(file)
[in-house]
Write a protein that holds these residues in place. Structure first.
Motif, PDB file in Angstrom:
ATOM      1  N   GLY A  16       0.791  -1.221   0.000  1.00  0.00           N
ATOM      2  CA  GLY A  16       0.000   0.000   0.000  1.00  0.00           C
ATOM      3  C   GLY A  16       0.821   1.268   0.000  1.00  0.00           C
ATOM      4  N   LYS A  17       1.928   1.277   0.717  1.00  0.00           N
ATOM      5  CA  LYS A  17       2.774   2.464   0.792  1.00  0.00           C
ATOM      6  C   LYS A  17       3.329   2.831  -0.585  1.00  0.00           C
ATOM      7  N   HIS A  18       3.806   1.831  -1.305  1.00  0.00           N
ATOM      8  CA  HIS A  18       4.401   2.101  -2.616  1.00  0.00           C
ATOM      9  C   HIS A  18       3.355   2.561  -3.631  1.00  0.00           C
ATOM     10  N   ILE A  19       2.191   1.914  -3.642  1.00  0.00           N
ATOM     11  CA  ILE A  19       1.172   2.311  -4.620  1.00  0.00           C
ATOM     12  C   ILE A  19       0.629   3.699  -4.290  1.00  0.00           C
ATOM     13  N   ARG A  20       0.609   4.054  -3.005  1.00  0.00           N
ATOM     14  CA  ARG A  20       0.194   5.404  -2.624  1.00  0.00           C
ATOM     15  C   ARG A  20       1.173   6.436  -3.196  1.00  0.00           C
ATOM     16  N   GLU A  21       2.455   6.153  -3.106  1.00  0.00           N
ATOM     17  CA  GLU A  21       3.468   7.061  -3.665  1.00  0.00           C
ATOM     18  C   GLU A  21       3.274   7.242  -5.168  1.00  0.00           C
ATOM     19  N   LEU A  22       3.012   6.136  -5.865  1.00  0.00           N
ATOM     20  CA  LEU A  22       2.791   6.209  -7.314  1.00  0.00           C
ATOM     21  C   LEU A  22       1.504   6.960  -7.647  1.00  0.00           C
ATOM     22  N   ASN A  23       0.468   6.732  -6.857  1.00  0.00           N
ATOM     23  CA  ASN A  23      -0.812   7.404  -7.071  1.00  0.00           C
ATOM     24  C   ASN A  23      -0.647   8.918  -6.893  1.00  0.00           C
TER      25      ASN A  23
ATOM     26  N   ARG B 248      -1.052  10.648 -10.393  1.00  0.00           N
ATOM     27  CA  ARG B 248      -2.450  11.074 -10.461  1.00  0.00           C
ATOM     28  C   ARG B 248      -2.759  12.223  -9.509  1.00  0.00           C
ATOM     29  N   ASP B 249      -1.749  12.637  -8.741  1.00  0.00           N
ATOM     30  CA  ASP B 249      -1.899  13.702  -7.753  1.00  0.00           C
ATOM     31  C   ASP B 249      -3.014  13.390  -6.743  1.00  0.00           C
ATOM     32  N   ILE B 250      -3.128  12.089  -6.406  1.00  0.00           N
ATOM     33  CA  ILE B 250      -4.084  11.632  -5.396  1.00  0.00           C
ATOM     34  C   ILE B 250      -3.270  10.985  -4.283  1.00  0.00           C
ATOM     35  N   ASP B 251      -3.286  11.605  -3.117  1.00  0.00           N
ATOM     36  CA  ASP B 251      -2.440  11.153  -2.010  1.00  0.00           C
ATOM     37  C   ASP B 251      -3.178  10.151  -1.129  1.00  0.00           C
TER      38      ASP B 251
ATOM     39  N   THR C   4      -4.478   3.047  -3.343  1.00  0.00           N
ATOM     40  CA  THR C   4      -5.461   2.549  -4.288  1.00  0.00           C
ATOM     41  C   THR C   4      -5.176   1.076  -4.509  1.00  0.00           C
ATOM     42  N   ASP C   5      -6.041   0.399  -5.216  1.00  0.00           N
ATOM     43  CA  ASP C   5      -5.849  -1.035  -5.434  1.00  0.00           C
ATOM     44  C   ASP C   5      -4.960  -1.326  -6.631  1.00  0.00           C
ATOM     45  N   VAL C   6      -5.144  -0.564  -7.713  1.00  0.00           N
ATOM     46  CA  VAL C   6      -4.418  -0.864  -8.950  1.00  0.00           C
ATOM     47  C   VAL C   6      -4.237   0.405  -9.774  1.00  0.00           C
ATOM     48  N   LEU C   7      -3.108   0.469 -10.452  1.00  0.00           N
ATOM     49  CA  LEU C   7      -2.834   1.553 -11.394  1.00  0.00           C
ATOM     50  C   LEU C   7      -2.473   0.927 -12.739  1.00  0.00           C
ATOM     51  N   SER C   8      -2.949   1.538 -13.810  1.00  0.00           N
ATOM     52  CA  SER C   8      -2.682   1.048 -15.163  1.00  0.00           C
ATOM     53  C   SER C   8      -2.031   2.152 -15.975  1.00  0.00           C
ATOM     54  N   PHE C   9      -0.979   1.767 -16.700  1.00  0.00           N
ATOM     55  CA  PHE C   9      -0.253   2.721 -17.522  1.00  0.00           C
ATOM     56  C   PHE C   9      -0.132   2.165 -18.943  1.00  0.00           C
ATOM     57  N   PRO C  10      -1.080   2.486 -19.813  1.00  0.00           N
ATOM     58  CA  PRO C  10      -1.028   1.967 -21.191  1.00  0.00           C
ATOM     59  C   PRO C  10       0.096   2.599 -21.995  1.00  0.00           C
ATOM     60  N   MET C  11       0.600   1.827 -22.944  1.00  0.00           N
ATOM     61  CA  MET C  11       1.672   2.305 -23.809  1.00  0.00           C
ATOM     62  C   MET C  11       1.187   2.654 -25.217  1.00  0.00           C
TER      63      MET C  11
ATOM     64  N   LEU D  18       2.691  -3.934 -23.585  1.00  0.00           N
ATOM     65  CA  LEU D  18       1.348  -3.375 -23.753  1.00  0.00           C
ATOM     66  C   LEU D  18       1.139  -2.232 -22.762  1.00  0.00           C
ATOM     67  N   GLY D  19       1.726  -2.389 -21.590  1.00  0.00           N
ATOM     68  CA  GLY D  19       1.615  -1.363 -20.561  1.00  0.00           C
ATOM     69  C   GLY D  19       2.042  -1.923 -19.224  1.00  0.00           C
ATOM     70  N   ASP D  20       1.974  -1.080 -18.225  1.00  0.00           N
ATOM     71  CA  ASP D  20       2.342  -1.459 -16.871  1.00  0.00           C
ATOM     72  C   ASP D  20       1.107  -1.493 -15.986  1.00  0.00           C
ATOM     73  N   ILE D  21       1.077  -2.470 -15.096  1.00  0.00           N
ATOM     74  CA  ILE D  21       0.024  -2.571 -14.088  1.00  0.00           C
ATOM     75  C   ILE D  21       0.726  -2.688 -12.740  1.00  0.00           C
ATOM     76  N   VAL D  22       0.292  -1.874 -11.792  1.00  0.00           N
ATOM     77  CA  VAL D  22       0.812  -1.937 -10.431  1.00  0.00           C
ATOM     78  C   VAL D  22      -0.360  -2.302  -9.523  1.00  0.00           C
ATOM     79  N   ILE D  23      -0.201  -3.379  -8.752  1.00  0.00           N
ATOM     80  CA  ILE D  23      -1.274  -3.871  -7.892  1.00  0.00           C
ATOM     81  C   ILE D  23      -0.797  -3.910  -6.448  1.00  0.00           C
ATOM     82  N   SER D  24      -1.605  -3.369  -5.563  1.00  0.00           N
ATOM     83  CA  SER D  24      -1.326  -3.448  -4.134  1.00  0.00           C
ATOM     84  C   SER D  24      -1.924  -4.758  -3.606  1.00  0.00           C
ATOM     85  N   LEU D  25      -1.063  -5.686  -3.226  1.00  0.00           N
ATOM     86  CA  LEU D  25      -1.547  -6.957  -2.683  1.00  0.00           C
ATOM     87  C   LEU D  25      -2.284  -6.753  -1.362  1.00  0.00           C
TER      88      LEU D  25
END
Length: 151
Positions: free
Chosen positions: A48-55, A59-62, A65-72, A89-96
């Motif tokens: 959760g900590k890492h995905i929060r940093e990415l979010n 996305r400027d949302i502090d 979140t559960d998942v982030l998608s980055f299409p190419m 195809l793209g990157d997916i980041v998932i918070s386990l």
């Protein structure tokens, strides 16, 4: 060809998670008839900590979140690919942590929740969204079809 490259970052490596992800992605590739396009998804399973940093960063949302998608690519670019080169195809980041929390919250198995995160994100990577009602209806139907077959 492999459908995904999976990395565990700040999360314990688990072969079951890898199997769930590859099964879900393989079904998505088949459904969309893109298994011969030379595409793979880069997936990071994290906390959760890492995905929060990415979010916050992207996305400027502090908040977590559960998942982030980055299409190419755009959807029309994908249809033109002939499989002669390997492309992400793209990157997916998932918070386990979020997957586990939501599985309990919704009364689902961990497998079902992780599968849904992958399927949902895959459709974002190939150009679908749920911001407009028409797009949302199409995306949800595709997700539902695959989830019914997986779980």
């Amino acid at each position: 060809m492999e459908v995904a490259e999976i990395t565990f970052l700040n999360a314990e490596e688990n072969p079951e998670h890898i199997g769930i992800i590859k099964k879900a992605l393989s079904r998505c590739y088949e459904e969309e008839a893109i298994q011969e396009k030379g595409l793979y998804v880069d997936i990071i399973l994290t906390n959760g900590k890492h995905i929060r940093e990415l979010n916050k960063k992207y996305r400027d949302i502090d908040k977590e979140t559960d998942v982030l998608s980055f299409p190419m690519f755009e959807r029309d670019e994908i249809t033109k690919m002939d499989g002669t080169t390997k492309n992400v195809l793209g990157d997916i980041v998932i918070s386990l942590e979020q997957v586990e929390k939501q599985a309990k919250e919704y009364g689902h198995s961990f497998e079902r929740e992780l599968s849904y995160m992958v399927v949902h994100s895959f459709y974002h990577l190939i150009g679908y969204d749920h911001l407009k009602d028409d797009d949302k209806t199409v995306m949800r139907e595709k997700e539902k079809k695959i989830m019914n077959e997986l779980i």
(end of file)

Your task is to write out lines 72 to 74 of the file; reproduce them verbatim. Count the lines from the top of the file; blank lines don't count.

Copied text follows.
ATOM     69  C   GLY D  19       2.042  -1.923 -19.224  1.00  0.00           C
ATOM     70  N   ASP D  20       1.974  -1.080 -18.225  1.00  0.00           N
ATOM     71  CA  ASP D  20       2.342  -1.459 -16.871  1.00  0.00           C